- Is there a Stakeholder Engagement plan in place?
- Does the scope of the project align with our company mission?
- Has the Project Sponsor been identified?
- Does the Project Sponsor have the time, and do they understand their responsibilities for the project?
- Has a project steering committee been established within a project governance plan?
- Is there adequate staffing and resources for the project?
- Is a Change Management Plan in place or is one planned?
- Is there a RACI in place or is one planned?
These questions will help you to identify any risks around the project requirements.
- Have the business requirements been documented?
- Have the stakeholders approved all documented business requirements?
- Are the documented requirements defined in measurable terms?
- Are requirements prioritized – i.e. essential, conditional, or optional?
- Has an initial impact analysis been performed on the business requirements – i.e., cost, operations, support?
- Is there a well-defined and institutionalized change control process for requirements?
- Is there a clear process for tracking progress and controlling each requirement? For example, is there a requirements traceability matrix?
These questions are designed to establish what risks the project will face from the technology that will be produced and/or used during the project.
- Will existing technologies be used? In other words, does the project avoid developing products from scratch?
- Is the project planning to implement a COTS (Commercial Off the Shelf”) solution?
- If COTS solution is anticipated will it require significant customization, other than built in set-up/start up configurations?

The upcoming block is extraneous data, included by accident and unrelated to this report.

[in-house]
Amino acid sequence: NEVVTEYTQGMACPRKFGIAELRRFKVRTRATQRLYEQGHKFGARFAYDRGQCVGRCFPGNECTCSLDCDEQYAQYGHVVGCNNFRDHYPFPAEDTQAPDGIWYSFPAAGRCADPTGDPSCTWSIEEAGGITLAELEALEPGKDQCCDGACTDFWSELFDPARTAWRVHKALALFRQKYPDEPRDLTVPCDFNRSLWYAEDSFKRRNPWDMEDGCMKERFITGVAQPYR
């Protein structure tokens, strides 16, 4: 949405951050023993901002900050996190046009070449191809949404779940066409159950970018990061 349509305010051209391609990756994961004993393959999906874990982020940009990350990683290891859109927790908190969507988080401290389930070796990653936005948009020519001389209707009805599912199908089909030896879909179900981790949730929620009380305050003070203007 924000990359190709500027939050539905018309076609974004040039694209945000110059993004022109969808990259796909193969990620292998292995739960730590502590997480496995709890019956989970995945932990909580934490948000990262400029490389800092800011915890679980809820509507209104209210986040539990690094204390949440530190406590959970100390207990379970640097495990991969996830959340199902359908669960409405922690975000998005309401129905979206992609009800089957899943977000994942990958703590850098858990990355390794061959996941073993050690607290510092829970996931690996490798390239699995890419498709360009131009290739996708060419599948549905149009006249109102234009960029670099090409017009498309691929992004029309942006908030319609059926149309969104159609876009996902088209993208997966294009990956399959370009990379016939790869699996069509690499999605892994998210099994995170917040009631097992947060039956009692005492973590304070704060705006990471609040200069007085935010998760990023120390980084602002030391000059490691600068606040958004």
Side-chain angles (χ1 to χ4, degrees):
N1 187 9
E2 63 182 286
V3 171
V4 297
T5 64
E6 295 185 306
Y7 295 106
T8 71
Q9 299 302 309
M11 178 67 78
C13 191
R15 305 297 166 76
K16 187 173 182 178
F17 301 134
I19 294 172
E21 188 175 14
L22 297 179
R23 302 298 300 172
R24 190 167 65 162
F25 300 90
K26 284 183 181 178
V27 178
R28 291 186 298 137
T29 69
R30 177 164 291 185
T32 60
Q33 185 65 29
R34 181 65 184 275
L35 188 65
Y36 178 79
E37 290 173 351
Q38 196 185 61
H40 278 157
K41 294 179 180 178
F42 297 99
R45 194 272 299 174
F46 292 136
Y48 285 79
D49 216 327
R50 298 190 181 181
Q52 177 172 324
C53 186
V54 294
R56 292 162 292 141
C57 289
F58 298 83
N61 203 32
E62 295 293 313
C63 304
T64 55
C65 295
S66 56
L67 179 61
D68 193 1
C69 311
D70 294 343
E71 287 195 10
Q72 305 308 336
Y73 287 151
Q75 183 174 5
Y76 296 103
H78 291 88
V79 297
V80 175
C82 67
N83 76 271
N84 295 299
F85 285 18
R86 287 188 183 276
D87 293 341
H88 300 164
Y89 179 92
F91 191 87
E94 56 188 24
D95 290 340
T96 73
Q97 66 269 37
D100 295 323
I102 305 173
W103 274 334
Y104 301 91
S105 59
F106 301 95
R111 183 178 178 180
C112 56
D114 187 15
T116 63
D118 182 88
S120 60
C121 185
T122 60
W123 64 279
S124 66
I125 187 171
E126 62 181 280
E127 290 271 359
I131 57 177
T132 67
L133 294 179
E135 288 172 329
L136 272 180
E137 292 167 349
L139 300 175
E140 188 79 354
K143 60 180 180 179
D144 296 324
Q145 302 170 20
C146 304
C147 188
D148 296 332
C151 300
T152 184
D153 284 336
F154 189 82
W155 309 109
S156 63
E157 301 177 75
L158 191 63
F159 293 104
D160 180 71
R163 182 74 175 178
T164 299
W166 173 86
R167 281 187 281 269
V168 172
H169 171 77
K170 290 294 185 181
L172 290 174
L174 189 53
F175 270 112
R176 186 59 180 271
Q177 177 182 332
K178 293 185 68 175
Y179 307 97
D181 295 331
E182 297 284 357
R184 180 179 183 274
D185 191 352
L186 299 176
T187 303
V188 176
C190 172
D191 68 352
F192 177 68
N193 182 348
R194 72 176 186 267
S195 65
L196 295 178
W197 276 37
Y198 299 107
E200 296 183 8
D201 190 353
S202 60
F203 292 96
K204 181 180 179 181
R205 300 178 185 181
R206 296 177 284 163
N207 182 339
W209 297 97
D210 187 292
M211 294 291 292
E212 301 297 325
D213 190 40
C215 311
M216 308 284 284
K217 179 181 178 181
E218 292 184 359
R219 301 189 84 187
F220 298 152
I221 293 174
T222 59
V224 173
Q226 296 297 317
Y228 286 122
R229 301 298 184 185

- Does we have experience with the underlying technology or hardware/operating system environment?
- Is there a test environment with an established process for moving from test to production?
- Is there at least a tentative plan for Business Continuity?
These questions are designed to check whether the project has been adequately planned at start up. You may want to add questions to assess any risks arising from detailed planning.
- Does the plan include the appropriate time and cost contingency?
- Does the plan include the appropriate time and cost estimates?
- Has a product planning methodology been chosen appropriate for the complexity of the solution and the knowledge of the project team?
- Has the project adequately identified the constraints and assumptions of the project?
- Has the project adequately identified the project risks, with probability, impact, mitigation and or contingencies?
- Is there a Risk Management Plan and a Risk Register in place or will they be created?
- Are there significant dependencies on other projects or staff resources?
Project Risk Assessment Template
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ReferencesA Guide to the Project Management Body of Knowledge (PMBOK® Guide) – Fifth Edition (Project Management Institute, 2013, p. 310).
Hillson, D. (2014). How risky is your project — And what are you doing about it? Paper presented at PMI® Global Congress 2014—North America, Phoenix, AZ. Newtown Square, PA: Project Management Institute.